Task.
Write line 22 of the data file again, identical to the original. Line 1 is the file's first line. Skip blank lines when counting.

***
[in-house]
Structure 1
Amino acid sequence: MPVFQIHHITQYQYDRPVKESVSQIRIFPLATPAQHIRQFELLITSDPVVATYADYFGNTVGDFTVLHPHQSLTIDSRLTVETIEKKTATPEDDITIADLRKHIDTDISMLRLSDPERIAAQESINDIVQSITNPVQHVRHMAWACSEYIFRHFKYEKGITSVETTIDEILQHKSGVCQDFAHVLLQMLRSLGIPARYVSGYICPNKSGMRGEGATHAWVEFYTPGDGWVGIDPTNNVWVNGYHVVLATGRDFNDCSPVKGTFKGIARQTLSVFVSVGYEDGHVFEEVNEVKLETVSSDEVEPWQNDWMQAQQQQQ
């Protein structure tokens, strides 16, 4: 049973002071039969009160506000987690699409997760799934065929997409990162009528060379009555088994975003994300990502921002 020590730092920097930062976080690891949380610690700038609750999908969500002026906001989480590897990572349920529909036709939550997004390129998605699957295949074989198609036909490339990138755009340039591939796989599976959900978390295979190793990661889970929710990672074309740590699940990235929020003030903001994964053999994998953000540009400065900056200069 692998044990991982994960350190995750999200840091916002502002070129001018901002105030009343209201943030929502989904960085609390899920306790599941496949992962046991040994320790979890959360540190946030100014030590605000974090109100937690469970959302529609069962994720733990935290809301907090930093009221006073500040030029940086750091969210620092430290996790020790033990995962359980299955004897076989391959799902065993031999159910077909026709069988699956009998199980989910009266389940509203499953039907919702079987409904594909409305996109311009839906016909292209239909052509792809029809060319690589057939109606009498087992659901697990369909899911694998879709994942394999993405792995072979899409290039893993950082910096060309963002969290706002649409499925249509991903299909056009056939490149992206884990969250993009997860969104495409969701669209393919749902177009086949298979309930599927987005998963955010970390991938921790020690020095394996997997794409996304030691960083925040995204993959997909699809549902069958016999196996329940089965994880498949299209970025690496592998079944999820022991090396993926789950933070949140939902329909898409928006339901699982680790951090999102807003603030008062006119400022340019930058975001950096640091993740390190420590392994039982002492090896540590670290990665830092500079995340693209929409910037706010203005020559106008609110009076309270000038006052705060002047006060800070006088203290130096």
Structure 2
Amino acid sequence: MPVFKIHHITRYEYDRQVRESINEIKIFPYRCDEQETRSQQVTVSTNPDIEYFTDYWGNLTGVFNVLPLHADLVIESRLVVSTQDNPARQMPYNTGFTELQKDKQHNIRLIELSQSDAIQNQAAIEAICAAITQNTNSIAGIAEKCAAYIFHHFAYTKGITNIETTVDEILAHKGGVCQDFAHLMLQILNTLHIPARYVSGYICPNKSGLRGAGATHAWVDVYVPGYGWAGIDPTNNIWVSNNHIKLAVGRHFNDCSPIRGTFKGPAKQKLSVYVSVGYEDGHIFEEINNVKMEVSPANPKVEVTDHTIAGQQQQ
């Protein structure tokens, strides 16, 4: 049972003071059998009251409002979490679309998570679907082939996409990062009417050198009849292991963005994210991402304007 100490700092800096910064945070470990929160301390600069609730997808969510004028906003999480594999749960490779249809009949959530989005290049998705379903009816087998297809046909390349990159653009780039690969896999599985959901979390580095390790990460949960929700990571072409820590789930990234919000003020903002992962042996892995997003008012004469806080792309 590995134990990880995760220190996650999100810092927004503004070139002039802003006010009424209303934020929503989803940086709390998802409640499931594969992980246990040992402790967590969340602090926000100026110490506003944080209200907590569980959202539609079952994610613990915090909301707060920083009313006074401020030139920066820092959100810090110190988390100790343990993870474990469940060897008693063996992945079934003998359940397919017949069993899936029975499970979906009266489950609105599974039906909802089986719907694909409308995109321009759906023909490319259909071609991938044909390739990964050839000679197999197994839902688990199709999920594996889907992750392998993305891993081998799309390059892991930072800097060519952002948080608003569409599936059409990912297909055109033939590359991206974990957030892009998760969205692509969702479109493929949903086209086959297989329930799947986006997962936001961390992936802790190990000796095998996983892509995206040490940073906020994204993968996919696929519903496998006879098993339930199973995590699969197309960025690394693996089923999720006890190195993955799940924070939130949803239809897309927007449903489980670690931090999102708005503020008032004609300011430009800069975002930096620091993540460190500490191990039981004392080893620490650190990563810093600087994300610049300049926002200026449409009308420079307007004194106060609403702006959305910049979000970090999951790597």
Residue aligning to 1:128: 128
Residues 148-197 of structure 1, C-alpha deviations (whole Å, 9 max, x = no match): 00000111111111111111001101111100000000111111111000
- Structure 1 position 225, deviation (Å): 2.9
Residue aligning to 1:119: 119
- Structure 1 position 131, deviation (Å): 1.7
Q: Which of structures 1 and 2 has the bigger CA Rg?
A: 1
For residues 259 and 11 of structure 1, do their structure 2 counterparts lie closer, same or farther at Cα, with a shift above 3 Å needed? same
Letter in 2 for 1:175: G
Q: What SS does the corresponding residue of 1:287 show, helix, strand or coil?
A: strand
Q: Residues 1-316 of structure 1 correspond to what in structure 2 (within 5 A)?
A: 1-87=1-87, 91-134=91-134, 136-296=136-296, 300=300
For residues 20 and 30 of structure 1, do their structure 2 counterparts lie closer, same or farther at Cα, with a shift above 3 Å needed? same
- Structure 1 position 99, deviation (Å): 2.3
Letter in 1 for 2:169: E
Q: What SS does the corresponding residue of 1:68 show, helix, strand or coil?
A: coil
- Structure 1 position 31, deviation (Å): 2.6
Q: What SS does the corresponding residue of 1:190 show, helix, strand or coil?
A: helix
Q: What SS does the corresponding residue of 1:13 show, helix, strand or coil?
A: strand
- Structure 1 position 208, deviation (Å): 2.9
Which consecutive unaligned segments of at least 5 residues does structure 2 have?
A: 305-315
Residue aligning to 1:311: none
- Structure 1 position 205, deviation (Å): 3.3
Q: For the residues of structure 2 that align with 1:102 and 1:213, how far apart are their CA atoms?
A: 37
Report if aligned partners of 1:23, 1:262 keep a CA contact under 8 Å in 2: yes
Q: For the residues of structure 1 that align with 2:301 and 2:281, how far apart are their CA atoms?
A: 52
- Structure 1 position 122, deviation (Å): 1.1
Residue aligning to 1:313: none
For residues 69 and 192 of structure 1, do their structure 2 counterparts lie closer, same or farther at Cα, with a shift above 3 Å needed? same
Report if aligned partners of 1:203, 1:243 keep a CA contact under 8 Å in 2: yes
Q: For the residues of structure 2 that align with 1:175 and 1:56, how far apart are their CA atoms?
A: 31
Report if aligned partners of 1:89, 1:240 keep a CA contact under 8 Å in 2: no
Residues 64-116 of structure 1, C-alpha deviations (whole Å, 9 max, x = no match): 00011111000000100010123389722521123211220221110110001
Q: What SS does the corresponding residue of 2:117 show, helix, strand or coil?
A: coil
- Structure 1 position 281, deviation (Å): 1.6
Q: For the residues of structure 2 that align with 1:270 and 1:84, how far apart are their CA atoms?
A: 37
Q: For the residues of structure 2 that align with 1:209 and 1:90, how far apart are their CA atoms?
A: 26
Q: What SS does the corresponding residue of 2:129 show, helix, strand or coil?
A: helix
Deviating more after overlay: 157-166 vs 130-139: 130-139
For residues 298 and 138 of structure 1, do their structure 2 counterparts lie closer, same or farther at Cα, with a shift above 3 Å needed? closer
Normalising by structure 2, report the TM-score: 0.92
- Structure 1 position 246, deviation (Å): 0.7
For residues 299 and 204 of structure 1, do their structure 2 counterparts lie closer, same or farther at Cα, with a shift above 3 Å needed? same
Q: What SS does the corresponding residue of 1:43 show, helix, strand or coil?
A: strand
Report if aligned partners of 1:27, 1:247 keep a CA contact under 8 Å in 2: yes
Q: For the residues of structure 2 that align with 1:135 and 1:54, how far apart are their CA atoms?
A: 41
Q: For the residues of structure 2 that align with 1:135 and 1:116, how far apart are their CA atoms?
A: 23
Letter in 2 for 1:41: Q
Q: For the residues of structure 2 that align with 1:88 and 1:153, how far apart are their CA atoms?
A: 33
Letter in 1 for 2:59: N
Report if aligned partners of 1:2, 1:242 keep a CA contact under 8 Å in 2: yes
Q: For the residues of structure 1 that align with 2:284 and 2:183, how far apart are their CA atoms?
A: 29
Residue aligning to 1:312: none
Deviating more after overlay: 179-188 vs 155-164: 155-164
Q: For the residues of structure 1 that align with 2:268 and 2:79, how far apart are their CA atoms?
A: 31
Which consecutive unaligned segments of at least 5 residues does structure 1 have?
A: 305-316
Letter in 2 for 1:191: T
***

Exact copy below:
- Structure 1 position 99, deviation (Å): 2.3